A History of ‘integration’ in Angevin Naples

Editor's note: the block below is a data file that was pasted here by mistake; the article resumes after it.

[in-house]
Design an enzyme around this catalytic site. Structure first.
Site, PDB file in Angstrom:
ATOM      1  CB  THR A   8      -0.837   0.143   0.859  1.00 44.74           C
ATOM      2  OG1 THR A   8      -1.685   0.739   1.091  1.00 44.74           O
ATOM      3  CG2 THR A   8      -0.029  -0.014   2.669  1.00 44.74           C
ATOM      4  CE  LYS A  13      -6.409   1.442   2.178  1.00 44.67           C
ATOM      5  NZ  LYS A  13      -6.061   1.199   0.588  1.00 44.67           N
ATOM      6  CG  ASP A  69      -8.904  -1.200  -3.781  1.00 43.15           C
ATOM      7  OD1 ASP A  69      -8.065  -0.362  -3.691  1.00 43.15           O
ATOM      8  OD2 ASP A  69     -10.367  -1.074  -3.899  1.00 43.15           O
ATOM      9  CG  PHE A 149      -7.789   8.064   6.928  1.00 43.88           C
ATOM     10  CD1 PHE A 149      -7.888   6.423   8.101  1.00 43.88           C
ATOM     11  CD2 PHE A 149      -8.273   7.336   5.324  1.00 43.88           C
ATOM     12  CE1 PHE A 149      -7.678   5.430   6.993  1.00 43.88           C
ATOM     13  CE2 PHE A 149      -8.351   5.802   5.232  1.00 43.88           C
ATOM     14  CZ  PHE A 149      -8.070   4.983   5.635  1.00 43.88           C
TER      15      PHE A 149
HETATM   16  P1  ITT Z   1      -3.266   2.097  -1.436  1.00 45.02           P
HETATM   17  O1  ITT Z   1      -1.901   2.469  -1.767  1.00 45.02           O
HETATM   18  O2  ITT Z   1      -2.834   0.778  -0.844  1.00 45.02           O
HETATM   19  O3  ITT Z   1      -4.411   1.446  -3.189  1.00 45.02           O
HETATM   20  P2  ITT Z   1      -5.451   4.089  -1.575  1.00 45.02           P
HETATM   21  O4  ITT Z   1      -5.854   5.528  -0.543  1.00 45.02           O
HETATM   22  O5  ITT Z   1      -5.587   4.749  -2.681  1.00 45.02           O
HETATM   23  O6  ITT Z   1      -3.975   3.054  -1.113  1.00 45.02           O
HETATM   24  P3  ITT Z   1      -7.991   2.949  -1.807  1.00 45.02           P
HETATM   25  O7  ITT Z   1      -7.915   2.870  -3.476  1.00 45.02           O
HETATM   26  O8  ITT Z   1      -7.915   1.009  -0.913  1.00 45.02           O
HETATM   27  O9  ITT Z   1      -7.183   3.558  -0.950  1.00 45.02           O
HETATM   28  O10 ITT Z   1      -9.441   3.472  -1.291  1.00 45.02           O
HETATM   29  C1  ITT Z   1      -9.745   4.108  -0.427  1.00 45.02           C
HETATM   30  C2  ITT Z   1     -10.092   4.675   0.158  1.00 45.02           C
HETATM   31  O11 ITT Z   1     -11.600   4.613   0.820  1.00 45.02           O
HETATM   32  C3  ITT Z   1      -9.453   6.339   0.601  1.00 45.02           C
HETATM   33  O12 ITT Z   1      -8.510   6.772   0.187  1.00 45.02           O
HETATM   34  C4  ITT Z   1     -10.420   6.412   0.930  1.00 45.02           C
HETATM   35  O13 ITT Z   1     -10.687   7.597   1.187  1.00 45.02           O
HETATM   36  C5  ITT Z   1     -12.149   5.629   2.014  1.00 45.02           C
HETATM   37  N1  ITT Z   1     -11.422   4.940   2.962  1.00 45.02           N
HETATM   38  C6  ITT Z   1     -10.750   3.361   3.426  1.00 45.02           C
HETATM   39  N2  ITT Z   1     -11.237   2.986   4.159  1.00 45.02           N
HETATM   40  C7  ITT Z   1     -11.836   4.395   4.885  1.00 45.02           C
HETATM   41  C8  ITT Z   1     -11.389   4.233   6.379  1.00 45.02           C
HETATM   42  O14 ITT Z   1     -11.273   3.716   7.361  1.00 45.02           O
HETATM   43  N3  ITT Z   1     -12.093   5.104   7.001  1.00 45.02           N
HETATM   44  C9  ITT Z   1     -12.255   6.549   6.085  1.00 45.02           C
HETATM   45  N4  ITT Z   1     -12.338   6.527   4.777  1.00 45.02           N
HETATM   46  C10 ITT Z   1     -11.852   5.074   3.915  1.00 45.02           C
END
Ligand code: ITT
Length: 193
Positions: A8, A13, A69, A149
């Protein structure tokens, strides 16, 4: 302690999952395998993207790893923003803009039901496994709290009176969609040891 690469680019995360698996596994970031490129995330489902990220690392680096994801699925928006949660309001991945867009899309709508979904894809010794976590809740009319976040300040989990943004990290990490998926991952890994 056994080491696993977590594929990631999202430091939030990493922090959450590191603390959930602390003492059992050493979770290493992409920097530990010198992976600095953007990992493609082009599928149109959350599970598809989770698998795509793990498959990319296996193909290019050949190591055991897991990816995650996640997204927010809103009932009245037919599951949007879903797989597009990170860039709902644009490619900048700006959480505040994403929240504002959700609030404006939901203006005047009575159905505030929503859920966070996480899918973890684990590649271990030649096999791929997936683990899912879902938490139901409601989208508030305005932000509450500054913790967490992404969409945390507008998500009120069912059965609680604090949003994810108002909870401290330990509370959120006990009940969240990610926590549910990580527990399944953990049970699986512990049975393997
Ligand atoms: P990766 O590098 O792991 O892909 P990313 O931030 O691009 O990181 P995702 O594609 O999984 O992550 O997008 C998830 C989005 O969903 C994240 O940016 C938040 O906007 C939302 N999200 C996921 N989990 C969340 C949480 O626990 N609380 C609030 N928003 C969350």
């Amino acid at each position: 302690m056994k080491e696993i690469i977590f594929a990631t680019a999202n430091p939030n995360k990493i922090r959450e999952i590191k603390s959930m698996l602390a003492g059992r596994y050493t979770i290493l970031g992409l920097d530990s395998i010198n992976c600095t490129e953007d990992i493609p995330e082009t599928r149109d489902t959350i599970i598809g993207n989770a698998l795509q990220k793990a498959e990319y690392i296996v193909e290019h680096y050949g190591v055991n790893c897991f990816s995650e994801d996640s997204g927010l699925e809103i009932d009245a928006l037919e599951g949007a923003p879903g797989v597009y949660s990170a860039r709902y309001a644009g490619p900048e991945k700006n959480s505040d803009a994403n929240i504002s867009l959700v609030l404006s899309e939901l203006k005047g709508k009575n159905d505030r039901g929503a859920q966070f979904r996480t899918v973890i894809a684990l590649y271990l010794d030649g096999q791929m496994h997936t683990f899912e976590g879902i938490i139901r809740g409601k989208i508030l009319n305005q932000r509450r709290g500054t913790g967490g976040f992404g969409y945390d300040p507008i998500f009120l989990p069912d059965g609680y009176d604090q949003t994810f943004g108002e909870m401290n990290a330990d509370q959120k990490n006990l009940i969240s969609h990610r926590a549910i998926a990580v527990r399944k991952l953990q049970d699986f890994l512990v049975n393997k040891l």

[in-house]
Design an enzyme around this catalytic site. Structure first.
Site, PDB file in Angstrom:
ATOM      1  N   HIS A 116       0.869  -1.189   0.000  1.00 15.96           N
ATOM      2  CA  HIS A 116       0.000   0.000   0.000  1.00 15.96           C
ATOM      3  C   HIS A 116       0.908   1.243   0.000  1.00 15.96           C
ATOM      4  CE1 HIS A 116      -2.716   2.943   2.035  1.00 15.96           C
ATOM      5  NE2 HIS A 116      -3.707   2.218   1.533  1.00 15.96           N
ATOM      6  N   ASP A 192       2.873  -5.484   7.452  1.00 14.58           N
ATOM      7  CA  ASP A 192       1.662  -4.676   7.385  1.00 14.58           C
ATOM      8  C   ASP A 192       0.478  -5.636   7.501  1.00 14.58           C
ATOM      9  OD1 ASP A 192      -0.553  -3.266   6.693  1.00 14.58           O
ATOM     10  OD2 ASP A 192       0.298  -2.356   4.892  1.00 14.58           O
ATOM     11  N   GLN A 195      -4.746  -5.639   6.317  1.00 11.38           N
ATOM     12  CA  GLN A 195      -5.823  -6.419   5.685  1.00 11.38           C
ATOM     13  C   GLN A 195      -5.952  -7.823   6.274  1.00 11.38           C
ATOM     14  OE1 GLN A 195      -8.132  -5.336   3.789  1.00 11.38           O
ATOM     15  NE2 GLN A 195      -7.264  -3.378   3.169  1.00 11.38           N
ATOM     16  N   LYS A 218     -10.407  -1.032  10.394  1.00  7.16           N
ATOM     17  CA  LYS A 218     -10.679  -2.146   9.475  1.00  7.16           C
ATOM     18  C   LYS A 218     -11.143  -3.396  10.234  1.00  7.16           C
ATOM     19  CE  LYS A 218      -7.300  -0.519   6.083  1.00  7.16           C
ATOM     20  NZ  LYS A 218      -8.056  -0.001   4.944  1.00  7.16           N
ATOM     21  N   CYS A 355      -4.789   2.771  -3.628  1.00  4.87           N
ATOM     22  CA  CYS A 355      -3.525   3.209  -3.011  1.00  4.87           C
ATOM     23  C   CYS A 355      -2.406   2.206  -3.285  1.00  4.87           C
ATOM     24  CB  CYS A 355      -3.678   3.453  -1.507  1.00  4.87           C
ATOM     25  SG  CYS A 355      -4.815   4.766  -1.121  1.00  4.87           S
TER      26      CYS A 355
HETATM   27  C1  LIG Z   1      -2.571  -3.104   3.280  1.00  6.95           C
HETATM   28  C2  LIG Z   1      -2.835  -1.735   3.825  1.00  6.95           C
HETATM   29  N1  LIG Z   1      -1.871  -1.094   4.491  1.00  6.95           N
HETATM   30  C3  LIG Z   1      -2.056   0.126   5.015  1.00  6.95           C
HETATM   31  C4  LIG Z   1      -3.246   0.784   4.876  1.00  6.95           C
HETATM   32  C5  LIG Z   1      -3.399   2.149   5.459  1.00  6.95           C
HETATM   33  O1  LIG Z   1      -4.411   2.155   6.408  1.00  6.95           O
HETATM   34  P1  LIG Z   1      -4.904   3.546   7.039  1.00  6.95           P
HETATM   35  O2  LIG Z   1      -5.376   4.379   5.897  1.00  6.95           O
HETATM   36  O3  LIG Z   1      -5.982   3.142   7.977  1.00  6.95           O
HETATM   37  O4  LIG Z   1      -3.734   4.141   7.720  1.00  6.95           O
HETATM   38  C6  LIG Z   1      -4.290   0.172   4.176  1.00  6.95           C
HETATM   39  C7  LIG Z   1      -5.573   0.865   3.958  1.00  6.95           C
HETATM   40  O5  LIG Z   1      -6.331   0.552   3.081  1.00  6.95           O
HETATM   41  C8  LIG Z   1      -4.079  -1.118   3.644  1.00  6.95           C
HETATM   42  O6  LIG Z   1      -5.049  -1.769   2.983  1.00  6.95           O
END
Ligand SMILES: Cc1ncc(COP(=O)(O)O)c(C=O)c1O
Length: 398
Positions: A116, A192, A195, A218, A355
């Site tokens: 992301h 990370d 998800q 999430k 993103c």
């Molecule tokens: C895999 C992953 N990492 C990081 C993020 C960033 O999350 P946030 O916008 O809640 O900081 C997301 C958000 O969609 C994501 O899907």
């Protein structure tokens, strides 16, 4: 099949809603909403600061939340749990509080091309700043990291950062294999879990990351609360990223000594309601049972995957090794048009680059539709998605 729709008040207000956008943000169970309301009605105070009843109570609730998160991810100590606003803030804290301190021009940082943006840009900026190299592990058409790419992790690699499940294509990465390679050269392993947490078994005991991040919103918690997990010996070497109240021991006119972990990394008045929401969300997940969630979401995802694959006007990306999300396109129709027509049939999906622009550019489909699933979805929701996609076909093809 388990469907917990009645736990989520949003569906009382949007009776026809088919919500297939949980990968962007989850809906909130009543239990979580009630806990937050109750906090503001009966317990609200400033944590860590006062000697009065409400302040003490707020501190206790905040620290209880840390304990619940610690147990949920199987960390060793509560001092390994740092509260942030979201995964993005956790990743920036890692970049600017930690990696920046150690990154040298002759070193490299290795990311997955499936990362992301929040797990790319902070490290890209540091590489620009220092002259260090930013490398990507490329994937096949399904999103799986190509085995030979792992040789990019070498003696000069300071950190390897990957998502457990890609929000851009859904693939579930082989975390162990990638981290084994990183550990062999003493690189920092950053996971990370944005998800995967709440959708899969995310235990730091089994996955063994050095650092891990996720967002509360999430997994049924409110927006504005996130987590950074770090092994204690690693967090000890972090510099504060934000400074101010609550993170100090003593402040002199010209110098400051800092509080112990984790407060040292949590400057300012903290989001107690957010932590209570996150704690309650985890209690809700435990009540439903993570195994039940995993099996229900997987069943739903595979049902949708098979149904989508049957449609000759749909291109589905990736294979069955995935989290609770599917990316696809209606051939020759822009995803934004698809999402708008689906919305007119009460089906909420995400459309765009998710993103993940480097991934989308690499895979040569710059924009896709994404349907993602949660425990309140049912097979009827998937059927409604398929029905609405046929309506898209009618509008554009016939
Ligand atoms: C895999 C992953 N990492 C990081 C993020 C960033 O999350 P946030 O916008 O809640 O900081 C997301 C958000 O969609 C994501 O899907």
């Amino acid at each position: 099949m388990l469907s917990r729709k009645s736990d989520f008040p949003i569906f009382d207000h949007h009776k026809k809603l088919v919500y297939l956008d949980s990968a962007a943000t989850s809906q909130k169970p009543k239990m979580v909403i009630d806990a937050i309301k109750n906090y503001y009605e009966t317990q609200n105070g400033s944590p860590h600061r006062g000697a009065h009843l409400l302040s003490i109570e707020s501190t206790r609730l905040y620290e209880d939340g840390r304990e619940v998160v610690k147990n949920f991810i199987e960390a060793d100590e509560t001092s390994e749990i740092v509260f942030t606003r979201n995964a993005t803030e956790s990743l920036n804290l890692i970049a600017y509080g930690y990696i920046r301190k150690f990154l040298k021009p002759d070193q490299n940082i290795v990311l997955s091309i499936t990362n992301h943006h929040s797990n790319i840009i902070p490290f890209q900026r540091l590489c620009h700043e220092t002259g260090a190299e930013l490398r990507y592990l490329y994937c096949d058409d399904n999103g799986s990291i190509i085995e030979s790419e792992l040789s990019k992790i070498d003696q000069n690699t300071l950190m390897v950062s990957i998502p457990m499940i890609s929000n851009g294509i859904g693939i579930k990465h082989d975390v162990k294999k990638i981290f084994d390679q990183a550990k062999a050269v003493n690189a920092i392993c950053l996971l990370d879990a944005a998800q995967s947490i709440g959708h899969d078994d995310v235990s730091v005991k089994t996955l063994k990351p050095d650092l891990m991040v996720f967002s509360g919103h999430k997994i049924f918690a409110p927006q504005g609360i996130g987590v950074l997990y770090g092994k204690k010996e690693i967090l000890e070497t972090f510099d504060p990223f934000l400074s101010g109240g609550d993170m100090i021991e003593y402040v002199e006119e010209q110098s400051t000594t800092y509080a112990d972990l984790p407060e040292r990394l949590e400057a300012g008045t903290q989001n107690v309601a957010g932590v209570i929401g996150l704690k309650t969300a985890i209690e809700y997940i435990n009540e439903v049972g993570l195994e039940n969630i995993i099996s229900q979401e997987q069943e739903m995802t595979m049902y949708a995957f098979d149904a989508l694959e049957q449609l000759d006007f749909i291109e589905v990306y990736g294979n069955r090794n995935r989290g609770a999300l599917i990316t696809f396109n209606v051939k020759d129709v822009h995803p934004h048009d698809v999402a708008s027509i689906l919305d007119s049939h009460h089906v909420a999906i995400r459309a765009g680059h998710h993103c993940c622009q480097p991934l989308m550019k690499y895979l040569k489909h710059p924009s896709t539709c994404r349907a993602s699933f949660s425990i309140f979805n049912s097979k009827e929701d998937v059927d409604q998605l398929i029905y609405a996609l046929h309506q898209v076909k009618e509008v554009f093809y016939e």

AbstractIn every epoch cities have been the landing-place for immigrants. The medieval cities were also places in which have been verified numerous and variegated migratory movements that involved all classes: from economic and political elites to more humble components of social stratification. That which is presented in these pages is certainly an exemplary event, symptomatic of a general picture, all things considered, that is contradictory, giving on the one hand evidence of the persistence of phenomena such as the practice of the commerce of slaves, and on the other hand the social ransoming of an “Ethiopian” slave, by means of its inclusion in the ganglia of the Angevin kingdom and the awarding of high profile bureaucratic offices. In the urban framework of Naples in the first half of the Fourteenth century a human story is unraveled that the tangle of literary and documentary sources with architectural persistencies has made possible to reconstruct.
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